Cooking My Way Back Home: Recipes from San Francisco's Town Hall, Anchor & Hope, and Salt House (Hardcover)
Recipes from San Francisco's Town Hall, Anchor & Hope, and Salt House
Ten Speed Press, 9781580085922, 263pp.
Publication Date: October 18, 2011
In Cooking My Way Back Home, Mitchell Rosenthal delivers the same warmth, personality, and infectious enthusiasm for sharing food as can be found at his wildly popular San Francisco restaurants, Town Hall, Anchor and Hope, and Salt House. With his trademark exuberance and good humor, Mitchell blends Southern-inspired comfort food with urban sophistication and innovation, for exciting results.
Reflecting on the classics (Shrimp Etouffee), updating regional specialties (Poutine), elevating family favorites (Chopped Liver), and reveling in no-holds-barred, all-out indulgences (Butterscotch Chocolate Pot de Creme) are what's on order in this collection of 100 imaginative and irresistible recipes. Like a good friend offering up a platter of freshly fried Oysters Remoulade, these robust, full-flavored recipes are impossible to refuse.
About the Author
Praise For Cooking My Way Back Home: Recipes from San Francisco's Town Hall, Anchor & Hope, and Salt House…
Finalist, IACP Awards 2012, Food Photography & Styling Category (Paige Green)
New York Times Notable Cookbook of 2011
"It is the accessible techniques and simple bold flavors that Rosenthal demonstrates throughout his book that make it so winning."
—The City Cook, Fall 2011
"In writing the book, Rosenthal makes those emotional connections that bind families together through communal dining. Yes, you can go home again."
—San Antonio Express News, 12/2/11
"Mr. Rosenthal understands simple pleasures (prime rib, barbecued shrimp, angels on horseback) and how to give them the modern tweaks that home cooks want."
—New York Times, Notable Cookbooks of 2011, 11/29/11
"Through the years and through many kitchens, Mitch developed an adventurous philosophy not bound to a single cuisine, blending Jewish deli roots with Southern-inspired comfort food, updated regional favorites and urban sophistication."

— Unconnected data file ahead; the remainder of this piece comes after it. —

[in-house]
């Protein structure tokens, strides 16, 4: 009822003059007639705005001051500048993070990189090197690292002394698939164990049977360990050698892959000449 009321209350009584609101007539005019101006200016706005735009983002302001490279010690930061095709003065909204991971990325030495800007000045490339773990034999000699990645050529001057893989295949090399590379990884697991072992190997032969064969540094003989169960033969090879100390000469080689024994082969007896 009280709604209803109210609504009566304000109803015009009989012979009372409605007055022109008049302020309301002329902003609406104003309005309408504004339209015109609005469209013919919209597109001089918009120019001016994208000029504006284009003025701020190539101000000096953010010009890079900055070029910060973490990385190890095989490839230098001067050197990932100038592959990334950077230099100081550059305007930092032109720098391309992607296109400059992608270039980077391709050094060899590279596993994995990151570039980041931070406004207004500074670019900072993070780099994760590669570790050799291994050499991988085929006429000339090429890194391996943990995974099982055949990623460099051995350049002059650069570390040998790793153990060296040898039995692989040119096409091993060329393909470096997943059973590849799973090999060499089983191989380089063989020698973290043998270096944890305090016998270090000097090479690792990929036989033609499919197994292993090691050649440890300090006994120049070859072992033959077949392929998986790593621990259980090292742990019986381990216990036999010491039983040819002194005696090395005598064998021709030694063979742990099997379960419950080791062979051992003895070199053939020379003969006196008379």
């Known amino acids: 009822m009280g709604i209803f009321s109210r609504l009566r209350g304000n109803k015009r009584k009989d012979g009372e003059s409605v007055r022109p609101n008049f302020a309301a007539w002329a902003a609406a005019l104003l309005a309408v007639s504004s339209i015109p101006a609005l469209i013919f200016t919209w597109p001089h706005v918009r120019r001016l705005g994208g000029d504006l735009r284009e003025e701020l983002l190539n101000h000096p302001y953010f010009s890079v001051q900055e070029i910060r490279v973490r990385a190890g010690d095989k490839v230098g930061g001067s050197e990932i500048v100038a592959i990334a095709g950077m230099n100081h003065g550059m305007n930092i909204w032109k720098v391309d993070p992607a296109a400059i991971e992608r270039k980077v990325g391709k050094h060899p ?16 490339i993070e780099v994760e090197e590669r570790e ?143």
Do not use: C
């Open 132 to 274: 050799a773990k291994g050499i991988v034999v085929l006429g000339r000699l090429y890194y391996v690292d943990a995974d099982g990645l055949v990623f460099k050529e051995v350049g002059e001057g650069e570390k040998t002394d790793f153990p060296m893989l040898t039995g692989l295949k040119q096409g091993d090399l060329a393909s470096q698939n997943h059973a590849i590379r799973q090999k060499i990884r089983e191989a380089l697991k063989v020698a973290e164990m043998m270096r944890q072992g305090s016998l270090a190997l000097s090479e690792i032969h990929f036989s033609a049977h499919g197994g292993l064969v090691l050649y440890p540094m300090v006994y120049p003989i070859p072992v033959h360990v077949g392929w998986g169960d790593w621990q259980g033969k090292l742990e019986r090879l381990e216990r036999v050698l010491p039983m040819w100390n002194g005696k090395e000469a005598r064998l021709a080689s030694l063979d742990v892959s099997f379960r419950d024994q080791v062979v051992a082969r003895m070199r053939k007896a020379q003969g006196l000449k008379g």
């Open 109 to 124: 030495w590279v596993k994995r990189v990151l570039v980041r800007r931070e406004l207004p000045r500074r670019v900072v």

—Mary Ladd, Bay Area Bites: KQED, 11/19/11
"Part restaurant recipe resource, part memoir, and part manifesto calling for a return to communal food preparation and family meals."
—Allison Jones, Portland Monthly, 11/9/11
“The book shares with the restaurants a kind of rollicking, good-time feel. Nothing is too fussy nor too complicated. .. .Every dish in this book would make dinner guests happy, and unlike some other cookbooks, these recipes are meant for home cooks.”
—Tasting Table San Francisco, 10/17/11
“The book reflects Rosenthal's past and, in particular, his passion for all things Southern. . . . Like everything else Rosenthal has a hand in, it's a fun book.”
—San Francisco Chronicle, 10/16/11
“The best cookbook title ever.”
—Esquire, Best New Cookbooks, 10/14/11
“Full of the hearty food that Town Hall, Anchor & Hope, and Salt House are known for.”
—7x7 San Francisco, 10/6/11
“Over the last twenty years, a great incentive for me to spend time in San Francisco has been to eat the cooking of Mitch Rosenthal, first at Postrio, then Town Hall, and now Salt House. This talented chef is at ease with any regional cooking, from New Jersey to New York, or Louisiana to San Francisco. From elegant and delicate to earthy peasant fare, his dishes have one thing in common: amazing taste. Cooking My Way Back Home reflects Mitch’s passion, enthusiasm, and great talent, and his love of cooking shines throughout the book. This is a great addition to your kitchen library.”
—Jacques Pepin, author and host of Fast Food My Way
“Mitchell Rosenthal’s cooking reminds me so much of the food my grandmother and my mother made. He has taken basic Southern food and turned it into an art form that can be eaten. Read his recipes. Cook them and you will be richly rewarded.”
—Willie Brown, 41st mayor of San Francisco
“Mitch’s generous approach to cooking presents a master’s expression of comfort food: inspired preparations with a wink from the modern chef’s kitchen.”
—Chad Robertson, author of Tartine Bread